1. Interesting, Anna, that you should mention video games, such as the World of Warcraft, since I’ve just come back from the annual IATEFL conference in Glasgow, where one of the plenary speakers, Steven Thorne, reported on research he has been doing on the quantity and quality of language that is both interpreted and produced while playing these games, or by talking about them, e.g. on dedicated blog sites. It is quite amazing.(You can see the session here: )

  2. Good suggestions. One way my students practice English outside of class by interviewing one another then sending their recorded interviews (audio or video) to the group. We often use the interviews as a springboard for discussion.


  3. At the very end of the 80s, when I was teaching English to homestay students in Boston, I witnessed this at the end of my morning classes. As the students were getting ready to go to lunch, a Japanese guy in his early 20s (Noriaki) asked Spanish guy if he could try on his poncho. Noriaki tried it on. Then Noriaki gave his jacket to the Spanish guy, and said, “Let’s eat lunch.” That was the start of a friendship that lasted the whole month that both students were at the school. I’m not sure how the French guy started hanging around with them, too, but the three of them were inseparable outside of classes. Noriaki later explained to me that this was a deliberate strategy to force himself to speak English.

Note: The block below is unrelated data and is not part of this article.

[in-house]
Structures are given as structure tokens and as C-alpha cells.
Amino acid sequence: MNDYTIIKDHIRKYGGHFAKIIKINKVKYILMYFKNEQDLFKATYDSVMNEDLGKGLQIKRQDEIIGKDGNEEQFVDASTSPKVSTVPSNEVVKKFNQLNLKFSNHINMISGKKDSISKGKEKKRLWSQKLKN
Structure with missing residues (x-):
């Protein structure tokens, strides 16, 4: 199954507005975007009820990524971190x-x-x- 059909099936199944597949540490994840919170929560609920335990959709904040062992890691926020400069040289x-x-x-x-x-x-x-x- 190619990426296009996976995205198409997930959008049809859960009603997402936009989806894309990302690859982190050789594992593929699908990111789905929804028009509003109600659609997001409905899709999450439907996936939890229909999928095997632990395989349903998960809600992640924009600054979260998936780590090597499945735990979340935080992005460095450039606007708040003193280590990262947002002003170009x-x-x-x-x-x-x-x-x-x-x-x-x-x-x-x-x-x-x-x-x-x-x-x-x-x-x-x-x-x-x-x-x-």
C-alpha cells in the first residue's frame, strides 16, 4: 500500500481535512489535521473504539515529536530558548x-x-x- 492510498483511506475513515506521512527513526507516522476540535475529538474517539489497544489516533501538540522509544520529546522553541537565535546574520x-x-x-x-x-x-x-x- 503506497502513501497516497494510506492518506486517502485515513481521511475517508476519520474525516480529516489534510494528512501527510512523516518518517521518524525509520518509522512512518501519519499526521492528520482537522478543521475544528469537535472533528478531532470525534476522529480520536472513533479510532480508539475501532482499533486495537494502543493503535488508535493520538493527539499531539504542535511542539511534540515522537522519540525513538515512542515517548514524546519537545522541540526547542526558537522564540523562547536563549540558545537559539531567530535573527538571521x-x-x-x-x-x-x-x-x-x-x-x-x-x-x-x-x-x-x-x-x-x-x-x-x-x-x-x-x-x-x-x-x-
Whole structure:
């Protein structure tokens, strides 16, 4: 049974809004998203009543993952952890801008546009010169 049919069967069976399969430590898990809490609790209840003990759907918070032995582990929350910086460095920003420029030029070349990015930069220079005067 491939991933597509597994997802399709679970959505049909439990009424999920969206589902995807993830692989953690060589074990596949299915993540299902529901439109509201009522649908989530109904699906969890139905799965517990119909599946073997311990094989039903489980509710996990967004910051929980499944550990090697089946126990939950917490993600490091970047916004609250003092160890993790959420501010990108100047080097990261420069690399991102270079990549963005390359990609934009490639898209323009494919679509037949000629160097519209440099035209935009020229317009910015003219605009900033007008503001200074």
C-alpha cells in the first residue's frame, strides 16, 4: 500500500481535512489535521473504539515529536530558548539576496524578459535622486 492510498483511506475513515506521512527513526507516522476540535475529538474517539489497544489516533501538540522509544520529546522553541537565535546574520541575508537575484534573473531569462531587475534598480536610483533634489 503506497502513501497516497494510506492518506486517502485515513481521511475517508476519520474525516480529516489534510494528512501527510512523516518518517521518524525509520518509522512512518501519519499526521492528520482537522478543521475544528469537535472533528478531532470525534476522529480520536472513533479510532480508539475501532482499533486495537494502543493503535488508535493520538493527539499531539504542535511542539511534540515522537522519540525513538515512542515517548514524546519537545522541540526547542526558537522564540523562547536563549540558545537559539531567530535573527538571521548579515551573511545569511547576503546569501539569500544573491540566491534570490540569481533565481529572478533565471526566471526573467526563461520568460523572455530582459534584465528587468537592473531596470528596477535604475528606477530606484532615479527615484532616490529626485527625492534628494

1. Interesting story, Bill. The fact that this is kind of ‘pedagogical buddying’ happens spontaneously – but sporadically – makes me wonder what the teacher can do to optimize the chances of its happening? I guess some kind of learner training, right at the beginning of the course, where their awareness about the benefits of such buddying is raised?

  4. Hello Scott!

    Thank you for the useful tips!